As Chinese President Hu Jintao and President Obama held what they described as "candid" discussions on human rights Wednesday, skeletons from the Chinese leader's closet literally danced in the street outside the White House.
Dozens of colorful Tibetan protesters lined Pennsylvania Avenue along the north lawn, chanting "Shame on Hu Jintao," "Stop the killings in Tibet" and "President Obama, speak for Tibet." Some held signs with a familiar litany of grievances against the Chinese, including censorship, imprisonment of political critics, and oppression of minority groups.
Nearby in Lafayette Park, two 10-foot-tall skeleton figures painted in traditional Tibetan colors parried alongside a slithering green human dragon.
They represented "the Tibetans who have died because of his [Hu Jintao's] ultra-violent rule in Tibet and are coming back to haunt him," said Stephanie Rogers, a grassroots organizer for Students for a Free Tibet. "They're not going away until he frees political prisoners."
The group says Chinese authorities have imprisoned more than 800 Tibetan political activists and 60 Tibetan writers, artists and intellectuals deemed to be undermining government policies. Author and human rights activist Liu Xiaobo, who was awarded the 2010 Nobel Peace Prize, also remains in a Chinese prison.
"When you allow someone like Hu Jintao to come to the states, you're also welcoming the company and what he represents. You're associating yourself with what he has taken part in," said Tenzin Samphel, 24, of Fairfax, Va. "There's nothing wrong with China and the U.S. doing business together in the name of trade and economics. But it can't be at the expense of human rights."
Inside the White House at a joint press conference, Obama acknowledged that human rights issues have been a source of tension between the U.S. and China, but said it shouldn't prevent cooperation.
"We have some views as Americans about the universality of certain rights… we think are very important and transcend cultures," he said. "We can engage and discuss these issues in a frank and candid way."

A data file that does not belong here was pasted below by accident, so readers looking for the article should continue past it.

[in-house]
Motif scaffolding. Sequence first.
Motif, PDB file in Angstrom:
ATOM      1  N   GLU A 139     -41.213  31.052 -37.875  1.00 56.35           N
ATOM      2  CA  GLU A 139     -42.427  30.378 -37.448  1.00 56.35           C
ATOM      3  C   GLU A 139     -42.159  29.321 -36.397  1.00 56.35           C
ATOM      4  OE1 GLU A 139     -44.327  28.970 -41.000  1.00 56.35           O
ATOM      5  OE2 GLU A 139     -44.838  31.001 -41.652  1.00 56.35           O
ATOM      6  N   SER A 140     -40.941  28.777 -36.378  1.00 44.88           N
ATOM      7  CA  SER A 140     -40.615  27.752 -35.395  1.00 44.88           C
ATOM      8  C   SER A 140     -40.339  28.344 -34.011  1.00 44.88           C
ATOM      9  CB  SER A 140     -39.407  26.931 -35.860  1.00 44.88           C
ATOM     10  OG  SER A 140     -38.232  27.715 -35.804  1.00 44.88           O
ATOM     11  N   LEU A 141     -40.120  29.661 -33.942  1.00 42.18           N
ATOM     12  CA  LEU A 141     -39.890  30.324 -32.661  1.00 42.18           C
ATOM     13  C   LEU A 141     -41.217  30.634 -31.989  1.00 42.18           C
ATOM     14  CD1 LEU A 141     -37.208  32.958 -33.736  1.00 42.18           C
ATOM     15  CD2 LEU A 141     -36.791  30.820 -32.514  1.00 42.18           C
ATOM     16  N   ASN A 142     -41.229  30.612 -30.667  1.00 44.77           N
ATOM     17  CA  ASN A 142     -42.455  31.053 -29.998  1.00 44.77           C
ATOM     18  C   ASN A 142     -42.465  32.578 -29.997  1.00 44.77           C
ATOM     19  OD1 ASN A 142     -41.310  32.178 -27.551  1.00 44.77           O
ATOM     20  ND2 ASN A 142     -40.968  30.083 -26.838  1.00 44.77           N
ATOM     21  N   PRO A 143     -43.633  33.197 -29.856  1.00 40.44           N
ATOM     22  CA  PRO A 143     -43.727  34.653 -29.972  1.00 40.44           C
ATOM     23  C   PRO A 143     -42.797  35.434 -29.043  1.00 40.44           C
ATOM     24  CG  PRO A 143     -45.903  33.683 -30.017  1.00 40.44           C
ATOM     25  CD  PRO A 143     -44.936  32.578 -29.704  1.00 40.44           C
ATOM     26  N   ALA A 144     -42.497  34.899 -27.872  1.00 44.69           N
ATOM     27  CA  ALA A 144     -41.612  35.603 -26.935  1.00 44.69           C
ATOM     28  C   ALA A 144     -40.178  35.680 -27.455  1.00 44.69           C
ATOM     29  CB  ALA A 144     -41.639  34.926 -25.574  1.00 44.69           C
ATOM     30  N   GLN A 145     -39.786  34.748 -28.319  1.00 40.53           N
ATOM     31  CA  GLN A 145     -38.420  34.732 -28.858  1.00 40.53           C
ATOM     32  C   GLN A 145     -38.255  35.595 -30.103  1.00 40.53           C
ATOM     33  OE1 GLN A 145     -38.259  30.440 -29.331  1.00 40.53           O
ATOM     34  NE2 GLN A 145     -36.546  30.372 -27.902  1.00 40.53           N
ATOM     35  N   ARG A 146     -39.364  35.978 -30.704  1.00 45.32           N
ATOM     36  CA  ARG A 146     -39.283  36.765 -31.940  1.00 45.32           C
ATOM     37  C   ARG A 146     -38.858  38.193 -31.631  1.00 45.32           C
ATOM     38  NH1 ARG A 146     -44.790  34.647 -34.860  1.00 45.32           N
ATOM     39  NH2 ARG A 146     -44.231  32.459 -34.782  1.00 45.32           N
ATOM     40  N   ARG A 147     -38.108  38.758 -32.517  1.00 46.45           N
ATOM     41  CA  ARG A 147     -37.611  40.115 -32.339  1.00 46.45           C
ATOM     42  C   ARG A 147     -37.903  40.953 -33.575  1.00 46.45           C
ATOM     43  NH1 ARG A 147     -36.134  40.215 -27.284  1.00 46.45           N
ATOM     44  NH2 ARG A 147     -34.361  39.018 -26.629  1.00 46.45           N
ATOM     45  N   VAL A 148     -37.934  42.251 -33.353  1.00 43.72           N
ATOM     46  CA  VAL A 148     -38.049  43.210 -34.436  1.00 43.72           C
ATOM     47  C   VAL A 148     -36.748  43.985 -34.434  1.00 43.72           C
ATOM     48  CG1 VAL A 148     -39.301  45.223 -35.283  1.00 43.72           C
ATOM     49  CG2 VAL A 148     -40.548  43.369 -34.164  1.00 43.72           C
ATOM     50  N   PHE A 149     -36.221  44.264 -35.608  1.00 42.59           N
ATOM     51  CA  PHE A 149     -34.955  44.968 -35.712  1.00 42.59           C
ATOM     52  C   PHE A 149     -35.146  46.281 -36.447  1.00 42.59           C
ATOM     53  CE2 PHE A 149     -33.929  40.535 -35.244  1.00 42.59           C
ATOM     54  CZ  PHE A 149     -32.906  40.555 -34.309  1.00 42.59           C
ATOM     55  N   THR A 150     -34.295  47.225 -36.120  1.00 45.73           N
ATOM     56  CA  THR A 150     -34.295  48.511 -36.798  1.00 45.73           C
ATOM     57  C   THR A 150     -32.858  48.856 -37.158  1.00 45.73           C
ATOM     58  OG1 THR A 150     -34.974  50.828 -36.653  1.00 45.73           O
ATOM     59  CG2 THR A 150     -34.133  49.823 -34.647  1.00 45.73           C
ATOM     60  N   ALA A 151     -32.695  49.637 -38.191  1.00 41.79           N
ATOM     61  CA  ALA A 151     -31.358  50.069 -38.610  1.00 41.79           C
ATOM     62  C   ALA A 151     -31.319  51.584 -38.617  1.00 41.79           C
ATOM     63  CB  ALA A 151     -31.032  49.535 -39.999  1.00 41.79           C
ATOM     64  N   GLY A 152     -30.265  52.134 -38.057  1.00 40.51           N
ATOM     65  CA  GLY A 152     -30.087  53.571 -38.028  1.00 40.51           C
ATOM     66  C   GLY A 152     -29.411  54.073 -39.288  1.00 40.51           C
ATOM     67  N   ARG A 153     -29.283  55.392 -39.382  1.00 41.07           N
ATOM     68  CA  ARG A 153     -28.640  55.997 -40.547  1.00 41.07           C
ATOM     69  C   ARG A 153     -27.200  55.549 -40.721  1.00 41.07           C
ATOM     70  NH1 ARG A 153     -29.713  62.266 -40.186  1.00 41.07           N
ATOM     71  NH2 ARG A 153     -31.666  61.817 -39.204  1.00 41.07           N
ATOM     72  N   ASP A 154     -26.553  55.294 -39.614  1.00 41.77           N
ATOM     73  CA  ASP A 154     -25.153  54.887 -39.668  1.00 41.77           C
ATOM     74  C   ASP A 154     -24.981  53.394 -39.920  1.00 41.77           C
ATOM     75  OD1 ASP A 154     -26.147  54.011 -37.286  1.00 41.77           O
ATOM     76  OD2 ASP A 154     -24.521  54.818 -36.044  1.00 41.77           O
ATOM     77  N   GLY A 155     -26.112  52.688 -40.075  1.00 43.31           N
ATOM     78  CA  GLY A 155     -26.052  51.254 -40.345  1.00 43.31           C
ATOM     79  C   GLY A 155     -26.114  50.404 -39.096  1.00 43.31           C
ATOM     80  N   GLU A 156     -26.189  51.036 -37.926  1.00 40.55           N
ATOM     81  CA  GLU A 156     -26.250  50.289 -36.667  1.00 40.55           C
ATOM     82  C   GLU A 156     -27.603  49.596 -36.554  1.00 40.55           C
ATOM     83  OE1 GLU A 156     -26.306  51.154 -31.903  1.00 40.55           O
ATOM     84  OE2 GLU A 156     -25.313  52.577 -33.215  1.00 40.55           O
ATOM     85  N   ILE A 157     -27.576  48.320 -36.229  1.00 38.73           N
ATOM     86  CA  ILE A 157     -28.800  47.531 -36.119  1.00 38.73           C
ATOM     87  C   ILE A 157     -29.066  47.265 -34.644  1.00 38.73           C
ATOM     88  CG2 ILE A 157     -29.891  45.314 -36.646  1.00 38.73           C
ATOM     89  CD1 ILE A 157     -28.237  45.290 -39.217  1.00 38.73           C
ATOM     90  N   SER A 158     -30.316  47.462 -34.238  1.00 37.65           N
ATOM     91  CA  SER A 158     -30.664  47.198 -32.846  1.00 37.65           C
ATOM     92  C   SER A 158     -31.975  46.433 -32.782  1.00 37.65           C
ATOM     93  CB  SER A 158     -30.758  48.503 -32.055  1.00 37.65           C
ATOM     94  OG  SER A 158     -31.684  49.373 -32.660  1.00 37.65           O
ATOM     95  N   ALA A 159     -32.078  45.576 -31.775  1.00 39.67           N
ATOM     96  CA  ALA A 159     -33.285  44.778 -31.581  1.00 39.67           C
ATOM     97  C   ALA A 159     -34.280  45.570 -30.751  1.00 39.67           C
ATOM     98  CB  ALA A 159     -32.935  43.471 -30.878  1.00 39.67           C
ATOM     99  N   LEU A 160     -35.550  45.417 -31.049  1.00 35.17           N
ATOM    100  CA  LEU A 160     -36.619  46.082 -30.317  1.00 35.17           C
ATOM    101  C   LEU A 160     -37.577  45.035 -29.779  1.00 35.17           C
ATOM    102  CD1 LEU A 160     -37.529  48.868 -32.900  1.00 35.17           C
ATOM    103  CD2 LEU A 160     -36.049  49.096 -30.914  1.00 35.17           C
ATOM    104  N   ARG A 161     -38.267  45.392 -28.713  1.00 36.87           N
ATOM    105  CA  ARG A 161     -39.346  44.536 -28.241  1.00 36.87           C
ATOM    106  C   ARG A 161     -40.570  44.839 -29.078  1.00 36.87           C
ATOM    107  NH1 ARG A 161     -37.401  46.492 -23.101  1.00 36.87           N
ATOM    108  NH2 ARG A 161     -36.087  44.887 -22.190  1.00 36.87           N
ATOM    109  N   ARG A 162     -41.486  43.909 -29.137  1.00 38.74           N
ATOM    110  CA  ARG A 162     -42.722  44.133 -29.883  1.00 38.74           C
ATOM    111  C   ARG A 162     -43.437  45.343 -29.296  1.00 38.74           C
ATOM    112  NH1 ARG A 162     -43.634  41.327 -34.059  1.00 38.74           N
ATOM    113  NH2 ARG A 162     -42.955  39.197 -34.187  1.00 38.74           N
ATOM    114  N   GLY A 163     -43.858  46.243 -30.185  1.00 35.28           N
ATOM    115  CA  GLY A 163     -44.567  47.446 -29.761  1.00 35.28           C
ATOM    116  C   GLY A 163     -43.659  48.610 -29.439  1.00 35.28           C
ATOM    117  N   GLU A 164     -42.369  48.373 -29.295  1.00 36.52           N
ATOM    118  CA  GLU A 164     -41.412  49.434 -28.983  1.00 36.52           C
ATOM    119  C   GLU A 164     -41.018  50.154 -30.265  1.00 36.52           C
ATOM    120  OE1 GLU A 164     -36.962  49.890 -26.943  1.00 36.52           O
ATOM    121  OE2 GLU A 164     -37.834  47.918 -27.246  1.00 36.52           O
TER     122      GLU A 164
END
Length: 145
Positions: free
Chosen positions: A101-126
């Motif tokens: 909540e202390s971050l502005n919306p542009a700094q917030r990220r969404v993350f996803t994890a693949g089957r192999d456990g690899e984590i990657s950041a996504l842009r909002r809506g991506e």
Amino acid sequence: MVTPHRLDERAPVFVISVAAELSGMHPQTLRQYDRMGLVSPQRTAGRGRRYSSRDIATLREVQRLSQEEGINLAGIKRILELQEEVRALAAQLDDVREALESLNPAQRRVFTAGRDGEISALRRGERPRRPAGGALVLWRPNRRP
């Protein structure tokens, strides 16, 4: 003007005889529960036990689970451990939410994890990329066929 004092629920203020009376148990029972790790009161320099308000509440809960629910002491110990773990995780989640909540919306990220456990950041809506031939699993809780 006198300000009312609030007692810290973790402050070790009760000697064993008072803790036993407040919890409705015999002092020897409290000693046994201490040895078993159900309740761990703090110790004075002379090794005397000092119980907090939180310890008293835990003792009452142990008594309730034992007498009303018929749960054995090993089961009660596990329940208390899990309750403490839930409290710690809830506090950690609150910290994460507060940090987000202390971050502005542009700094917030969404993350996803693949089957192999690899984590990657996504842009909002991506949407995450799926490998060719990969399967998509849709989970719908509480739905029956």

Obama suggested China had improved its record on human rights over the past 30 years and said he expects further change in the decades ahead.
President Hu Jintao acknowledged "a lot" still needs to be done to improve human rights in his country, which is rapidly growing as an economic power. "We will continue our efforts to improve the lives of our people and promote democracy and rule of law," Hu said.
But the rhetoric did little to allay the concerns of activists for Tibetan independence, human rights in China, and minority groups, such as the Falun Gong, a spiritual movement China outlawed in 1999. They called on Obama to be bold in his dialogue with Hu.
"The persecution of Falun Gong is very brutal in China, and I come here to appeal to Obama to help stop the persecution of Falun Gong in China," said Xing Wei, 55, through a translator, Mindy Ge.
"We urge him to raise the issues of human rights publicly and virogously," said Tenzin Dolkar of New York. "I am Tibetan. I was born in exile in South India. And for me personally it really is an issue of safeguarding the future generations of Tibetans so they can be in their own homeland and I can be in my own homeland."
The Obama administration has faced some criticism for not appearing more forceful in protesting human rights abuses in autocratic countries like China and Russia. But Obama has insisted the "frank and candid assessments" of China's record on human rights will continue.
Several top lawmakers have refused to attend tonight's state dinner with Hu. Republican House Speaker John Boehner will not attend, nor will Democratic Senate Majority Leader Harry Reid, who earlier Wednesday called Hu a "dictator."
China has largely rejected criticism on human rights and defended its domestic policies as matters of sovereignty that should not be subjected to outside interference.